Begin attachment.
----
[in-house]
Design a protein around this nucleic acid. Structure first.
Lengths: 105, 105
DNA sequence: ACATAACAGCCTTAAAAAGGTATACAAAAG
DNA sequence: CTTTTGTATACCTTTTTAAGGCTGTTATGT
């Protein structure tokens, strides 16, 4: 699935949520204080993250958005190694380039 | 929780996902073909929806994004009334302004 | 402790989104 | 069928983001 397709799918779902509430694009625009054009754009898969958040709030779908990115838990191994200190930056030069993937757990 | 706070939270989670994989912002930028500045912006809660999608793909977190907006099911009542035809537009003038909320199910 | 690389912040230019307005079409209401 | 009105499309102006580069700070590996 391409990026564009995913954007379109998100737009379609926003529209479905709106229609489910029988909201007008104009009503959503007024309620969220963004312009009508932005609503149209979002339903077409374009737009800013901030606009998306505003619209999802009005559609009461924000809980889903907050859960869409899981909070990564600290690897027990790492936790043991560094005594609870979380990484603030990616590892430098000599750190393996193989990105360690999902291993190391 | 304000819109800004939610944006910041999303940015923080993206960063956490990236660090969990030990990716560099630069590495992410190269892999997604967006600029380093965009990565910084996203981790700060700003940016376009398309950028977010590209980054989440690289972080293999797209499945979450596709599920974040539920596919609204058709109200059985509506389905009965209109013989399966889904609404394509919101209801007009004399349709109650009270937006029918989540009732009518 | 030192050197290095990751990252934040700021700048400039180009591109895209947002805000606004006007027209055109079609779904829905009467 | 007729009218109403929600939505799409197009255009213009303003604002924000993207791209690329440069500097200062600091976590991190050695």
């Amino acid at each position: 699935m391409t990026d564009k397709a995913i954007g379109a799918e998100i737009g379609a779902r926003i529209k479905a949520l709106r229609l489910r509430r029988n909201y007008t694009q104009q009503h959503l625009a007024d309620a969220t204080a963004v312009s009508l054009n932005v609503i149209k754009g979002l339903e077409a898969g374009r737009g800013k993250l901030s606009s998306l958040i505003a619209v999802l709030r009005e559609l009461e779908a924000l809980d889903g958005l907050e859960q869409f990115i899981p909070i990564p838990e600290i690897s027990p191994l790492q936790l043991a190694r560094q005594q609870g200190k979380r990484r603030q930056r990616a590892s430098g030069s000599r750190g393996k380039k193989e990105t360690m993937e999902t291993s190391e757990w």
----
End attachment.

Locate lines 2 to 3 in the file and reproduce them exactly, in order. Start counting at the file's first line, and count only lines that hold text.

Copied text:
Design a protein around this nucleic acid. Structure first.
Lengths: 105, 105